According to this AP article, Google offered to reset the strike price on employee stock options to just over $300 — a more recent and more realistic price than the $500 or more than some of them had been set at — and more than 15,000 employees took them up on it.
In case you aren’t sure how stock options work, here’s the quick version: options are issued to you at a particular strike price (also called exercise price, as they do in the AP article). The strike price usually matches the market price on the day of issue. There’s normally a vesting period (you can’t exercise your options before they’re vested) and an expiration date (if you don’t exercise them before they expire, you lose them). Any time after the options have vested and before they’ve expired, you can exercise them — buy the amount of stock the options allow, for the set strike price.
Obviously, if the market price of the stock is higher than the strike price, exercising the options can be a good deal. If you get options for 2000 shares at $50/share, and five years later the stock is worth $150/share, you have a bargain on your hands. If you’re allowed to immediately sell the stock (you might be required to keep it for some period, according to the terms and conditions) you can triple your money immediately — you’ll make $200,000, less expenses and taxes. If, on the other hand, the stock is only worth $25, you would not exercise your options, because you can buy the stock on the open market for half as much (assuming, as with Google, that it’s a publicly traded company; there are other factors in effect for options on private stock).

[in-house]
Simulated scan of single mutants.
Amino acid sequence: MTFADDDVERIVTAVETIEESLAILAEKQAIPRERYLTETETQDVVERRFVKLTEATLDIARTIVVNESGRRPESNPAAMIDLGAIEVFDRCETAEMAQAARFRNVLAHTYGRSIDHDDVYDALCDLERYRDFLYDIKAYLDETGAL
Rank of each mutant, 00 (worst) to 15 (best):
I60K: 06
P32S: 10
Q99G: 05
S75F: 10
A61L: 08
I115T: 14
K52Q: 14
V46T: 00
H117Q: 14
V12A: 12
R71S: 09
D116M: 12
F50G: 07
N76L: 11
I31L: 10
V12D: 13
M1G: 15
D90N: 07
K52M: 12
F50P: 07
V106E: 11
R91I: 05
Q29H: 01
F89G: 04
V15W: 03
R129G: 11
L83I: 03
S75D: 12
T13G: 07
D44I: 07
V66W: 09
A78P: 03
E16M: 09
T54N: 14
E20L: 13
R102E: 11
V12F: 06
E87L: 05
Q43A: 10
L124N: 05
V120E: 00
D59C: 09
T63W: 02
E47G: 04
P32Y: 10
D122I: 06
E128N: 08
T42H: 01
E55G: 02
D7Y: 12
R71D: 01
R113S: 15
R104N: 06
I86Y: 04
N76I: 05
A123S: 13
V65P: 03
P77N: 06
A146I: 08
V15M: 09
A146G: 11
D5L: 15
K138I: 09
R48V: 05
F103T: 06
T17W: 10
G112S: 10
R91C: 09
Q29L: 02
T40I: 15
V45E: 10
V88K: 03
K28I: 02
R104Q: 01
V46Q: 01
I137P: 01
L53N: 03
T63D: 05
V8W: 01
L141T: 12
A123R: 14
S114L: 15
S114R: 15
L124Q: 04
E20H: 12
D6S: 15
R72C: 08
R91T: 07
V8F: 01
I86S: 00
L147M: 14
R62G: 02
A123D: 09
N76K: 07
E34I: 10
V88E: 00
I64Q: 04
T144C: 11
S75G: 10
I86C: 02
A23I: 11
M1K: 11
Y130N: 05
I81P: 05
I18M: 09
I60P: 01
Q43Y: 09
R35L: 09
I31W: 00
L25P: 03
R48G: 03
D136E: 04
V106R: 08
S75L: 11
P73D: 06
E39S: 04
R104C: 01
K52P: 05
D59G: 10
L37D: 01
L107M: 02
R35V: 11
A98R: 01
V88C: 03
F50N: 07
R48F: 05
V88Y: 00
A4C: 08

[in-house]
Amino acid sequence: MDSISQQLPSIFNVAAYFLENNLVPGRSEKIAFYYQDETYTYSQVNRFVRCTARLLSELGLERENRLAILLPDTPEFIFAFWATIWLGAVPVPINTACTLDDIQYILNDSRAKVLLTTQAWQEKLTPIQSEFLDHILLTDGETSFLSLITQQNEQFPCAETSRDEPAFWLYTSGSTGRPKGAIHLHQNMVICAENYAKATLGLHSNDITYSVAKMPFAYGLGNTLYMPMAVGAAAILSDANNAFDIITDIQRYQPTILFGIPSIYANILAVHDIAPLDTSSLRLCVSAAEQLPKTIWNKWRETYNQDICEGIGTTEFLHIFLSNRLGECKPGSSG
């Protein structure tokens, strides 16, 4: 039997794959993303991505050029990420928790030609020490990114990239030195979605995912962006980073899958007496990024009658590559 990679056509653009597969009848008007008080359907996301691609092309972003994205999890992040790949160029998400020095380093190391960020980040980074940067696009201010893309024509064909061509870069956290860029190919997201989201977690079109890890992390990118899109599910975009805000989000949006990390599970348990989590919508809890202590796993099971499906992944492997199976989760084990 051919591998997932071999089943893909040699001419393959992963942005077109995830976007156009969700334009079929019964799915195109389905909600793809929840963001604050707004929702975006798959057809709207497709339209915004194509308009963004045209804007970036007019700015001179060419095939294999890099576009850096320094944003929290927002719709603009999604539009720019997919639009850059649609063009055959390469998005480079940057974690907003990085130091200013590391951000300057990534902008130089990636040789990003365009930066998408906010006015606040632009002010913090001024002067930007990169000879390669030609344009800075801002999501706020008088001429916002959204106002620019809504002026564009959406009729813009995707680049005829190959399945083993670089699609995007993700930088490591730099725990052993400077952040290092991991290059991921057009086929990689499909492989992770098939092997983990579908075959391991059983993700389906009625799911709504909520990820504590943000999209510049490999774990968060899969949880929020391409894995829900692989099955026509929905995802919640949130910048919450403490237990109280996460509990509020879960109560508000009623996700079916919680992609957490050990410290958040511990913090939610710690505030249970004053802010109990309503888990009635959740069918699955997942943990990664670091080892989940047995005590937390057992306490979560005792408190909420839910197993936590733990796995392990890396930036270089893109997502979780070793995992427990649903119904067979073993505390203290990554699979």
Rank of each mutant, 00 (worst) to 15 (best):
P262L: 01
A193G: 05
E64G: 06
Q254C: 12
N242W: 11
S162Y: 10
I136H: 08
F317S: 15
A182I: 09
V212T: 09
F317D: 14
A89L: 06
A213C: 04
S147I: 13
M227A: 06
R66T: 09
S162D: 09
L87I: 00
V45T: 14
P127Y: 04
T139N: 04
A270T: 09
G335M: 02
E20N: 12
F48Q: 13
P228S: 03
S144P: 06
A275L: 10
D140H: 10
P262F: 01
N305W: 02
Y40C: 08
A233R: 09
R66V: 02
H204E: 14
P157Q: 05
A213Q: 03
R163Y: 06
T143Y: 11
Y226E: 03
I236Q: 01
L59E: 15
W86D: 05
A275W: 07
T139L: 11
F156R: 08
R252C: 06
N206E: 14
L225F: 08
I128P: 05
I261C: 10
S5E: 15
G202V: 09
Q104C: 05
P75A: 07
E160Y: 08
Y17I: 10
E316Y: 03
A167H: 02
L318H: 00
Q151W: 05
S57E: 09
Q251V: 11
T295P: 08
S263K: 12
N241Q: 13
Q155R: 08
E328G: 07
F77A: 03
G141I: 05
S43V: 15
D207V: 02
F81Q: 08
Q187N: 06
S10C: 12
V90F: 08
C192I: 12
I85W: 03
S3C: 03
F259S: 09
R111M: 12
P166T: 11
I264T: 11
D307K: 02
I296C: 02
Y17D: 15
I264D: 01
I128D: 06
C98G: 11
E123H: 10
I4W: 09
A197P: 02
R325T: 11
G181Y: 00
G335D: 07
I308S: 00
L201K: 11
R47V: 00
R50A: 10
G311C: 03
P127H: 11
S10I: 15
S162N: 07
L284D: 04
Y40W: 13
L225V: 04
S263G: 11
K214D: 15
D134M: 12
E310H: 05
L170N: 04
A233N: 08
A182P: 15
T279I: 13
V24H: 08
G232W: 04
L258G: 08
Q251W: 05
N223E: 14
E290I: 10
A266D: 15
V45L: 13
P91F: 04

The beauty of stock options from the employee’s point of view is that in the worst case, they’re worth nothing, and in the best case... well, they have the potential for open-ended value (which is the reason they expire, to avoid being a liability to the company forever). They also encourage you to stay (because of the vesting period, and because you usually lose your options if you leave the company before you exercise them), and they give you an added incentive to help the stock price.
The beauty of stock options from the company’s point of view is that they can give you an award that makes you feel good, but that doesn’t actually cost the company anything until you exercise them, and that only happens if the company’s done well in the interim. Not only that, but there are advantageous tax and accounting rules that make stock options appealing... though some of those rules have become less advantageous in recent years.
But here’s the thing: those rules also make it a complicated matter to re-price options that have already been issued. And it has a significant effect on the accounting for the options. The company took on a big financial liability for doing this.
Of course, the options don’t have much value for employee morale or retention if their strike price is much higher than the current market price. People who were happy to get a nice award when they were issued are often cynical when they see that they have options that are worthless now, and will most likely be worthless until they expire. It can actually be worse to have employees with those kinds of stock options than not to have given them the options in the first place.
So that’s why they did it, despite the liability, the complications... and the grumbling from shareholders who didn’t get the same deal on their stock. I have to hand it to Google for this one: they did right by their employees here.